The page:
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Yorkshire Water Hosepipe Ban to Start Soon

Update 06/12/2022 – This hosepipe ban has now ended.

Yorkshire Water have announced they will be imposing a hosepipe ban starting on Friday 26th of August.

The last hosepipe ban in the region was in the hot summer of 1995, but company bosses say that reservoir levels have fallen to less than 50%.

Although the company has spent millions on fixing leaks since 1995, critics think the company should have gone further and noted that no new reservoirs have been built despite an increase in population.

From Friday the 26th of August, the following will be banned for Yorkshire Water customers:

  • Watering a garden using a hosepipe
  • Cleaning a private motor-vehicle using a hosepipe
  • Watering plants on domestic or other non-commercial premises using a hosepipe
  • Cleaning a private leisure boat using a hosepipe
  • Filling or maintaining a domestic swimming or paddling pool
  • Drawing water, using a hosepipe, for domestic recreational use
  • Filling or maintaining a domestic pond using a hosepipe
  • Filling or maintaining an ornamental fountain
  • Cleaning walls, or windows, of domestic premises using a hosepipe
  • Cleaning paths or patios using a hosepipe
  • Cleaning other artificial outdoor surfaces using a hosepipe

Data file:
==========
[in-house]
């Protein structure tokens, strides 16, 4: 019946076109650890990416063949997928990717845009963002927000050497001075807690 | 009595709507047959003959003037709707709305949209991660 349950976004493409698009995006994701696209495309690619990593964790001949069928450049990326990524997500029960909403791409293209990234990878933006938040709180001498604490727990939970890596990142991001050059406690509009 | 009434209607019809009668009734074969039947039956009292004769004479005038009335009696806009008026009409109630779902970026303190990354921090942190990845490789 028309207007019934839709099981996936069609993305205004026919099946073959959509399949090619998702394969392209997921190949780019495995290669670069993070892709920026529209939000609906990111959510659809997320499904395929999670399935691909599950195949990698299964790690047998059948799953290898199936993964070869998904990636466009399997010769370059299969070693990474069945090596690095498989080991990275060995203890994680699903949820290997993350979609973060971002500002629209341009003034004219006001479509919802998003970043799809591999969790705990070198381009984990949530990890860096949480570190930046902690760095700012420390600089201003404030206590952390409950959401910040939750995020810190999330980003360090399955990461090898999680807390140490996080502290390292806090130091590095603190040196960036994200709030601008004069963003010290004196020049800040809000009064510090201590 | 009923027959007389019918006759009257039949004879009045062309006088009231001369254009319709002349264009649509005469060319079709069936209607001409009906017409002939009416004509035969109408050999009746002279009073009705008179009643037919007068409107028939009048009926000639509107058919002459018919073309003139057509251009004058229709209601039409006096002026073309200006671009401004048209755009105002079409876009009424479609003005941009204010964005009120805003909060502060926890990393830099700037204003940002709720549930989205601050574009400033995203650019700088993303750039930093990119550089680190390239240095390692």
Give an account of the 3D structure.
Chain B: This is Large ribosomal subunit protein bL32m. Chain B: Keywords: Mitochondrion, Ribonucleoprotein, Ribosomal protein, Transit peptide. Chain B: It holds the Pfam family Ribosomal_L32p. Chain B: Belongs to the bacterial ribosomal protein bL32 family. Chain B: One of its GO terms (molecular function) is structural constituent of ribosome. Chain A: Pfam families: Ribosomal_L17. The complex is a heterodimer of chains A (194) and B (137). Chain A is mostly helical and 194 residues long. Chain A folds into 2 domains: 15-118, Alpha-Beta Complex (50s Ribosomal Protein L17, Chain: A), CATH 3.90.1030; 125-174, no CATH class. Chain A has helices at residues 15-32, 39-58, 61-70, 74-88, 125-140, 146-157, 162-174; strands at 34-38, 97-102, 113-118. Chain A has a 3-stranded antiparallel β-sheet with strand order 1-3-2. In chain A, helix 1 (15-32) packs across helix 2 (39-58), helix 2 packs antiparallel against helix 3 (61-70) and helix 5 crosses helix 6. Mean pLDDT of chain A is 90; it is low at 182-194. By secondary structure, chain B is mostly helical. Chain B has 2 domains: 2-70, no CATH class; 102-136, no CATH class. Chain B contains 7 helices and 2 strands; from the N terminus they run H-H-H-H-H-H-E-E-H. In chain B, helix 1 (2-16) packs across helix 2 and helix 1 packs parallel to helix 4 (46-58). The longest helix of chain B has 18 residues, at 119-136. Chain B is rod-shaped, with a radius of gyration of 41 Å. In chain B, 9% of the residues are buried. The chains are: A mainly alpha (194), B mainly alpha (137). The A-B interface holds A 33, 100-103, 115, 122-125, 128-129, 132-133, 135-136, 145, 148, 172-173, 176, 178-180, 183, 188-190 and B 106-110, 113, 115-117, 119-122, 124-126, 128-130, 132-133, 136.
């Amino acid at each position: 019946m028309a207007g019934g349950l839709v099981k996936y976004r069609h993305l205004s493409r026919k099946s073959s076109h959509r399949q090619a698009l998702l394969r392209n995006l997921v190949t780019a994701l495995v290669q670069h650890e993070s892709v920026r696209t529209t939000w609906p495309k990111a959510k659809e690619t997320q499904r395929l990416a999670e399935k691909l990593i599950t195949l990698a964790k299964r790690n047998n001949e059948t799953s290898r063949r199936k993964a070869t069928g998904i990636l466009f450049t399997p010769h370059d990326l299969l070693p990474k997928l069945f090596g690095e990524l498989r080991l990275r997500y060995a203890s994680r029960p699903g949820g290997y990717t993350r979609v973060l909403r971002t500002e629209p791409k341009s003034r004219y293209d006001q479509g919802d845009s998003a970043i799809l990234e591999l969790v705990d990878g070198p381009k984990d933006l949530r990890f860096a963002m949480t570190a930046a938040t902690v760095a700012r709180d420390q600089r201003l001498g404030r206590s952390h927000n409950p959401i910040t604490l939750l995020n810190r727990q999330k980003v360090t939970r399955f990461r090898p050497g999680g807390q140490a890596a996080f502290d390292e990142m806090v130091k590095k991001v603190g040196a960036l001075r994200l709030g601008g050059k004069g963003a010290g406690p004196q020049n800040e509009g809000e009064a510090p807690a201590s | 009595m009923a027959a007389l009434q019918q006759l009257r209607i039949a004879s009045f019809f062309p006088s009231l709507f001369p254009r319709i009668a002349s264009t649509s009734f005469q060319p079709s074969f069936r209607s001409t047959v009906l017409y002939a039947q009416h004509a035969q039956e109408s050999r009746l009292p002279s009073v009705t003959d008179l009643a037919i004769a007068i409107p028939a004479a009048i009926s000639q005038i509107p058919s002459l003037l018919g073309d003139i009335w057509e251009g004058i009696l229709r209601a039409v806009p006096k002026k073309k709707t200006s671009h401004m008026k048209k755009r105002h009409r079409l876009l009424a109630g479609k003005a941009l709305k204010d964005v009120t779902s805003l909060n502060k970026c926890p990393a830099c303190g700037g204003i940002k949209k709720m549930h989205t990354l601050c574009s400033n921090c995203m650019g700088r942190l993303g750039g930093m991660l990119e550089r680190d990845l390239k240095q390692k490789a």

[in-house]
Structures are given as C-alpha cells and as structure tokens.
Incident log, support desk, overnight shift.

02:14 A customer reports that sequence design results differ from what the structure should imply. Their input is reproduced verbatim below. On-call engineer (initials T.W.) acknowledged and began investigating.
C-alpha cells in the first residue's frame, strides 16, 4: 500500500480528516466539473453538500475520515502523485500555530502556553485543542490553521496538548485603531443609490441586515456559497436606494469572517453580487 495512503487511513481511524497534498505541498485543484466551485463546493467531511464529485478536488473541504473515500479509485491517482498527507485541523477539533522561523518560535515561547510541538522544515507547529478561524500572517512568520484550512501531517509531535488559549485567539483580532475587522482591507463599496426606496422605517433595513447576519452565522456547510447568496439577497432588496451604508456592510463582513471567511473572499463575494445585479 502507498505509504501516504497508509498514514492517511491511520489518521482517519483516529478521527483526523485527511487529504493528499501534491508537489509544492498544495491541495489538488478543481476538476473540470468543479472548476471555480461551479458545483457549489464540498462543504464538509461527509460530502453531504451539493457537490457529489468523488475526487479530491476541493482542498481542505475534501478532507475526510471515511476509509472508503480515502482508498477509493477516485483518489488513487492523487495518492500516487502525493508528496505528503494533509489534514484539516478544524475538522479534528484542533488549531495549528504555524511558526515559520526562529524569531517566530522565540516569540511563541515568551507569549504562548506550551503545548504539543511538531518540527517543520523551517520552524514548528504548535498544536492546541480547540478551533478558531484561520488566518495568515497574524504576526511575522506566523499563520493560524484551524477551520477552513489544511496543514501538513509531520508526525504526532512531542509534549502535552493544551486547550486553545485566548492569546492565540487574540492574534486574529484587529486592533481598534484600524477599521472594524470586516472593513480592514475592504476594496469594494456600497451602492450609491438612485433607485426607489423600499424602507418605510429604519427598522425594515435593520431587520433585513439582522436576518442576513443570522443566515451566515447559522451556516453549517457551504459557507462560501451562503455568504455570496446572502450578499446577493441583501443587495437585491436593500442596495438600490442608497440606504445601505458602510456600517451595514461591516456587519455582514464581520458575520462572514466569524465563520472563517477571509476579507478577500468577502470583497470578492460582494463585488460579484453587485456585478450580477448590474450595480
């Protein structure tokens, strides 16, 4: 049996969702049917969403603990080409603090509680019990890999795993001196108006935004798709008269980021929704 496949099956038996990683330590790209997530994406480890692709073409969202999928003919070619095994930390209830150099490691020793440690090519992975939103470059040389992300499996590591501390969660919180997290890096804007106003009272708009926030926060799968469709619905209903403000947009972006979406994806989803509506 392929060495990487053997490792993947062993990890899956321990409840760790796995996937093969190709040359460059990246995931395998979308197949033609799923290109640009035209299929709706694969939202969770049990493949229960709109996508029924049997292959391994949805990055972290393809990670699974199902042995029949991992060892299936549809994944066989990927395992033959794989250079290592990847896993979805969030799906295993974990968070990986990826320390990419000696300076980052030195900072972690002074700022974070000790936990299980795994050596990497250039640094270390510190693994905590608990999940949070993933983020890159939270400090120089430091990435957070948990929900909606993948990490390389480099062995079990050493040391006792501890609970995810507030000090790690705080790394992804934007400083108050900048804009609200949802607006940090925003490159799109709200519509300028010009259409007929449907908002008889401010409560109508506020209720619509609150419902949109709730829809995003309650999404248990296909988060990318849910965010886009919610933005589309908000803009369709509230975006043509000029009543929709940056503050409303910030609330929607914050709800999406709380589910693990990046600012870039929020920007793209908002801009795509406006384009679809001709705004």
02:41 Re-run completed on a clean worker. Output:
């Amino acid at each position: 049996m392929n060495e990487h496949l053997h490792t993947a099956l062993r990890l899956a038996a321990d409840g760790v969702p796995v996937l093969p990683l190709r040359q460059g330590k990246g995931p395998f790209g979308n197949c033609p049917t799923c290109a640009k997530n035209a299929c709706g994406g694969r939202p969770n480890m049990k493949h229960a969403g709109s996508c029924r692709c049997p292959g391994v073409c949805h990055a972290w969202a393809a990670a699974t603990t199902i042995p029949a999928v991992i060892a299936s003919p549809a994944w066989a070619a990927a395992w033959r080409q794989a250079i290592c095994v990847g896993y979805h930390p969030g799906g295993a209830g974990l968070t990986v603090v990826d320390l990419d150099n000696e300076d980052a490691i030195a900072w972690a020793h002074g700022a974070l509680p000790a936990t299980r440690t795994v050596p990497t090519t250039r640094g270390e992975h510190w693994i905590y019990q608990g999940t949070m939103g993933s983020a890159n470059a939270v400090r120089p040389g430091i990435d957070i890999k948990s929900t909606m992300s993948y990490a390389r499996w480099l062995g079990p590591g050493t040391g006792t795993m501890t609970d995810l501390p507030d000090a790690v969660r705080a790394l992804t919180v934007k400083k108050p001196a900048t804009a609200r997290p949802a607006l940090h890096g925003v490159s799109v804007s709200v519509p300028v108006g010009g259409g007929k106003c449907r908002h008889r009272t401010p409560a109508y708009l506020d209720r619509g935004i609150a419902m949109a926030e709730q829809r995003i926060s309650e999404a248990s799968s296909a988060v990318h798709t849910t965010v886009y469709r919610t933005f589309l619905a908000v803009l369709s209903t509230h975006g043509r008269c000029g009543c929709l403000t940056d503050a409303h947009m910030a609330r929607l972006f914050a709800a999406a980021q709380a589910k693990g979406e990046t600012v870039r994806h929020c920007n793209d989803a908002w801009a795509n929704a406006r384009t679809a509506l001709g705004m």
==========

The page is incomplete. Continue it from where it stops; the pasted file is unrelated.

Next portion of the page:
These activities can still be undertaken using watering cans and buckets.

Certain exemptions will be in place for businesses and blue badge holders.

5 replies on “Yorkshire Water Hosepipe Ban to Start Soon”

live in Bridlington but pay Scottish Water my bill do i still come under the Yorkshire waters “Hosepipe ban”

Nice to see the Range Rover Garage on Lindley Moor Road cleaning the new cars with a hose pipe this morning, glad the hose pipe ban is only for rest of us.

Fun fact: The last significant drinking water reservoir in the UK was built in 1992. * Since then, the UK population has increased by over 10 million. ONS. EVERY DAY over 3 billion litres of water are wasted nationally through leaking pipes**

That’s nearly 45 litres for every man, woman and child EVERY DAY. Or 108 litres PER HOUSEHOLD PER DAY.

In an island famous for being rainy and flooding. And the whole system collapses when we have a decent summer?

This is nothing more that wanton negligence by the water companies and in turn the State for inadequate planning and maintenance.



I live in the Calder Valley in West Yorkshire and therefore I live under the threat of flooding for a number of months each year. Am I being overly-simplistic in thinking that if more reservoirs were built on the moors above me, drought would be alleviated, as well as flooding?

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